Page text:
This Simple Tactic Dramatically Improves Relationships With Players and Helps You Motivate Them
I'm assuming many of you are similar to me. You like coaching basketball and you love having a positive impact on kids.
Well, we know that the first step to having a positive impact on kids is connecting to the kids.
And if you can connect with kids, it's easier to motivate them to do things that will benefit them on the basketball court and in life.
In fact, this has worked so well for me that that former players have...
- Asked me to be their reference for medical internships, coaching jobs, and other things.
- Texted me a few years after I coached them about issues with their dad losing a job, a girlfriend breaking up with them, and even divorce with their parents.
And here is a super simple way to accomplish it.
In fact, studies have shown that people who receive a compliment form favorable views of the person giving the compliment. And what's even crazier, this still happens even if they view the compliment as disingenuous.
So there are a few different ways to do this, but don't be disingenuous.
If I have to form an immediate connection and I don't know all of the kids, I use the first two methods. You might use this in a camp setting or coaching a youth basketball team.
1 - Compliment them on anything even if it's not basketball related.
You can simply compliment players on things like their shoes, hair, shirt, bag, socks, basketball, or whatever. Most people like to be complimented on this stuff.
Of course, you don't want to take this too far where somebody only gets their self esteem from their appearance. But you can use it at first to better connect.
It's better to place the majority of your praise on process-oriented things like attitude, effort, and listening.
2 - Compliment things they do well first before correcting.
When I'm watching kids work on skills at first, there are a million critiques running through my head. However, you need to fill the compliment jar first. That way, they actually hear your critique and are actually open to it.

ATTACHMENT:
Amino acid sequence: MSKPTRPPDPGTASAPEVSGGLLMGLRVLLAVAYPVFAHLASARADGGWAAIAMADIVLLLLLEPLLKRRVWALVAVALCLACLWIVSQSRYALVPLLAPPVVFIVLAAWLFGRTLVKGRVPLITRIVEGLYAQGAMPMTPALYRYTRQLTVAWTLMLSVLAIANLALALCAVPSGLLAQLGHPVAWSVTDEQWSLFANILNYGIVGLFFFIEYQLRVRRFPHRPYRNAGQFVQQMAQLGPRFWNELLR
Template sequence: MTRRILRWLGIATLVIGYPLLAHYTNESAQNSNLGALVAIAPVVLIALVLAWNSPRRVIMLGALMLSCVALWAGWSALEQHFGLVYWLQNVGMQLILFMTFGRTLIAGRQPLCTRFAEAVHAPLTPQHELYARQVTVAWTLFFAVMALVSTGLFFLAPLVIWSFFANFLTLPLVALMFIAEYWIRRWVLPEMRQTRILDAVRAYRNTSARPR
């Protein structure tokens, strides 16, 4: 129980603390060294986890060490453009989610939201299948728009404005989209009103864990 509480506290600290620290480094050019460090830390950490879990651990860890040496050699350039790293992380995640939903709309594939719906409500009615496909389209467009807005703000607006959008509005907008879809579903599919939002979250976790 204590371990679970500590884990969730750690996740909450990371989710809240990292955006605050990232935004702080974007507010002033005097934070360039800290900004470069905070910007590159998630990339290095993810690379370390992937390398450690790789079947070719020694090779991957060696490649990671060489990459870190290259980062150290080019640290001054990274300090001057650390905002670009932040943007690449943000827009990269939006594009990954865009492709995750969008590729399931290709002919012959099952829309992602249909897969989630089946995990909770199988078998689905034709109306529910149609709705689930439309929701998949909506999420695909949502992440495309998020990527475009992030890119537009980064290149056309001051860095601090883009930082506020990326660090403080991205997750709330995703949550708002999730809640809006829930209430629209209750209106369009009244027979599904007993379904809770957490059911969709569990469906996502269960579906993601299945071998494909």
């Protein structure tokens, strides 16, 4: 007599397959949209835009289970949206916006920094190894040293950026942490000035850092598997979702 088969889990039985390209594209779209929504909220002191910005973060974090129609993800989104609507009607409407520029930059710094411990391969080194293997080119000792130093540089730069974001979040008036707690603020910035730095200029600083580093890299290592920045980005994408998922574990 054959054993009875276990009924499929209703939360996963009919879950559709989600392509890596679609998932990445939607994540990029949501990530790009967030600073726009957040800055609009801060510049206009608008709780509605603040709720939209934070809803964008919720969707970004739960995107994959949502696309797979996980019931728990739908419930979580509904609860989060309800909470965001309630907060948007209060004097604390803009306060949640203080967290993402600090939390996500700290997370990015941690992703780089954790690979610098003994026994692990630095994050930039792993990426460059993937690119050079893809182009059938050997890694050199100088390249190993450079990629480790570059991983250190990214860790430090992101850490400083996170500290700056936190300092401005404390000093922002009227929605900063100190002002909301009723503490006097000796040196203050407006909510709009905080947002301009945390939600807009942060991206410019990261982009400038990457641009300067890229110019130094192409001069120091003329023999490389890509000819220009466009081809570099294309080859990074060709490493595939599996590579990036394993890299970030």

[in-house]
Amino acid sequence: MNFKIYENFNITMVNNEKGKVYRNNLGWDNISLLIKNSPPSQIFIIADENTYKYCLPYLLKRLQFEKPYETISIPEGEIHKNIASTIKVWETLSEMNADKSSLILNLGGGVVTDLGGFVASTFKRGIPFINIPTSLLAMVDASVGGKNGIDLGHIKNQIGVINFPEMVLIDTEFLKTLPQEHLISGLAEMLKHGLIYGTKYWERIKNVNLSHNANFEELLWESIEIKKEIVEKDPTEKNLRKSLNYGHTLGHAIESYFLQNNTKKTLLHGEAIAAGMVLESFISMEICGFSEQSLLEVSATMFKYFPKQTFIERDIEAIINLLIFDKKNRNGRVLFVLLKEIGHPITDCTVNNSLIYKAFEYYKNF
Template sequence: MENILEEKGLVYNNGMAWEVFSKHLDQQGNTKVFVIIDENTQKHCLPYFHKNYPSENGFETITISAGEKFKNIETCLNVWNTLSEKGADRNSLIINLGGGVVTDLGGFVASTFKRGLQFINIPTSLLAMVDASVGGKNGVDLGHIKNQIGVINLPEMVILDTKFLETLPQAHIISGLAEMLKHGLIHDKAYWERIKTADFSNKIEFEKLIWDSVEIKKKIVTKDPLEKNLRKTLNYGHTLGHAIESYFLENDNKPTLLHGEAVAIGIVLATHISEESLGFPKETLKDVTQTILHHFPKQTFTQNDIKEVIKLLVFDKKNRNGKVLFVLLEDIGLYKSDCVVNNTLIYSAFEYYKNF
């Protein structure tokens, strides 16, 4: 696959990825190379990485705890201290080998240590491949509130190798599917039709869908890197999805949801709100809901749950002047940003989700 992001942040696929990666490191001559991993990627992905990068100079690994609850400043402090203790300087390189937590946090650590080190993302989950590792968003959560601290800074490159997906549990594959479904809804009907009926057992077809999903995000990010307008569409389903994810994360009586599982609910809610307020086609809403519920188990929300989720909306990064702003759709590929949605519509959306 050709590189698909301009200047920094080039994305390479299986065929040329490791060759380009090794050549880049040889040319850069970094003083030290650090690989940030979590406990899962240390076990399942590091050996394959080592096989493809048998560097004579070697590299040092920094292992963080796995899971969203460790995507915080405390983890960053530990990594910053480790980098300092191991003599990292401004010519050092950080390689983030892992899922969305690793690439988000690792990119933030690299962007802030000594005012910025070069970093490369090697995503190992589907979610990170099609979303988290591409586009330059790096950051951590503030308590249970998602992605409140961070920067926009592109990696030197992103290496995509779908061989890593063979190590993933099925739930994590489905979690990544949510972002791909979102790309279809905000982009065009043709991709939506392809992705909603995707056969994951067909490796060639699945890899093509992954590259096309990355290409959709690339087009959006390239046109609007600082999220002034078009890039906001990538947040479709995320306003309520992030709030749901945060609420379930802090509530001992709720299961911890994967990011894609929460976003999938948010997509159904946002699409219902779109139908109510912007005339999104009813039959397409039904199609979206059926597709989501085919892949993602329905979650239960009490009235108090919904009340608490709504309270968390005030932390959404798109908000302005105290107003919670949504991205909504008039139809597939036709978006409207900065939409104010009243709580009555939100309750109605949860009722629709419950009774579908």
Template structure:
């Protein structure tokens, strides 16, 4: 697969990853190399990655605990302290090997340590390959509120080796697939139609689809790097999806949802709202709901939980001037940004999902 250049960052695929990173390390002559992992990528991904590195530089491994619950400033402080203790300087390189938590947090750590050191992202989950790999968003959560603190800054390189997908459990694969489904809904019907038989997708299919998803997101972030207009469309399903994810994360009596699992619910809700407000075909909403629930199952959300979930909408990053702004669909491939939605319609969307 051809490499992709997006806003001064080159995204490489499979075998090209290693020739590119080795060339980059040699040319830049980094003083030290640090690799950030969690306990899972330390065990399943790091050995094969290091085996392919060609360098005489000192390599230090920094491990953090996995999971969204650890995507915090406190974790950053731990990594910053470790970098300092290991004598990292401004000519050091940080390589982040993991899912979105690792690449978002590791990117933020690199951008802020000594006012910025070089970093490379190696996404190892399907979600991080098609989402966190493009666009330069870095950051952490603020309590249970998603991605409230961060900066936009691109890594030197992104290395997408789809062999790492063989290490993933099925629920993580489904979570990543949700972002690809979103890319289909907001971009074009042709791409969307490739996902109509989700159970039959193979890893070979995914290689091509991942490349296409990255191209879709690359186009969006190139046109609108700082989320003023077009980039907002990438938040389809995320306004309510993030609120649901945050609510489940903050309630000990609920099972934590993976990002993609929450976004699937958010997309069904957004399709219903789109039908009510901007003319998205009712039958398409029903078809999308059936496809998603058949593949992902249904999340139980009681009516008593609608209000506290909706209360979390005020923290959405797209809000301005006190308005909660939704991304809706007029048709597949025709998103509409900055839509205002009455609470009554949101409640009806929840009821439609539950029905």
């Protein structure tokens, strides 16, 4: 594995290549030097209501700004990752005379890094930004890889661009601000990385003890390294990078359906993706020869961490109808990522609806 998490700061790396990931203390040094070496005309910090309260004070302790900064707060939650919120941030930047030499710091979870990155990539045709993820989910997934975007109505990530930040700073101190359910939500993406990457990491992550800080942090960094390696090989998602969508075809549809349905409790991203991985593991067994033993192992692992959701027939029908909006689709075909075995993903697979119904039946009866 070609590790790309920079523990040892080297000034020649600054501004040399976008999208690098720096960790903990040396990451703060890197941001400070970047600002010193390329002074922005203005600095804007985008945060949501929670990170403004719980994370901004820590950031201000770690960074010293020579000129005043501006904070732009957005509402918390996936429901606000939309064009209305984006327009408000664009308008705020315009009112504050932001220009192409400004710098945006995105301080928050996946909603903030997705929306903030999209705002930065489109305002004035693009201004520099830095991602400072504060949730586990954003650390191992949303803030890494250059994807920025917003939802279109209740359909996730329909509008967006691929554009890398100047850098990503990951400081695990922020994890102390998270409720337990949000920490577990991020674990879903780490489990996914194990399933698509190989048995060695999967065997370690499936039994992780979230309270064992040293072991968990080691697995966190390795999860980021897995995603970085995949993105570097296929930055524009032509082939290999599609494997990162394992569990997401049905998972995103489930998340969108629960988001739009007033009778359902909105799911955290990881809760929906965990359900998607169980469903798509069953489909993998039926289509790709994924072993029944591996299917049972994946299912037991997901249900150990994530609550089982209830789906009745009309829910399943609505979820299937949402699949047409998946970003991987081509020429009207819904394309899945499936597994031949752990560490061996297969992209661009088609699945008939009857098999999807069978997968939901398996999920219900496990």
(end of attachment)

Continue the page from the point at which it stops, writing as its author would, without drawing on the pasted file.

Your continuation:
For example, you might see a kid dribbling the ball with his eyes down and wiggling his body like a worm. However, he's doing a great job at pounding the ball into the floor.
When doing this, I prefer to use something called the compliment sandwich. I learned this technique from the legendary Morgan Wootten.
- You simply say the person's name and praise them for something they're doing well.
- Then you state the correction (critique).
- Then you finish with something they're doing well again.
So you could say, "Way to pound the ball, Jalen. Keep your eyes up. Good job and keep pounding that ball."
3 - Start complimenting early
If you're in a position where you know you're going to coach a group of kids in the future, start building that connection way beforehand.
I remember I had a coach by the name of Casey Ditch. He was a master of this. Every time I saw him, he was smiling and saying something nice to me.
"Whoa. Every time I see you, you grow a couple of inches."
"Man, have you been working on your jumper? Your shot is looking good."
"Hey, I heard you really worked hard at track practice. Great job."
"What is this I hear about you getting a B+ on your math test. Nice work!"
"Hey, where'd you get those kicks? I like those."
By the time, he was my freshman basketball coach, I was open to everything he said. I was locked in.
However, I have to be truthful. The first time he yelled at me during a game, I was a bit surprised. But since he had built the connection, my first thought was... "Whoa. I need to fix that."
If you're a teacher or coach, you can do this in the hallways at school. You can show up at practices before you coach them. You can do this at camps.
If you're a parent, you might do it casually when you see other kids around.
If you start filling that compliment jar right now, it pays dividends in the future.
What do you think? Let us know by leaving your comments, suggestions, and questions...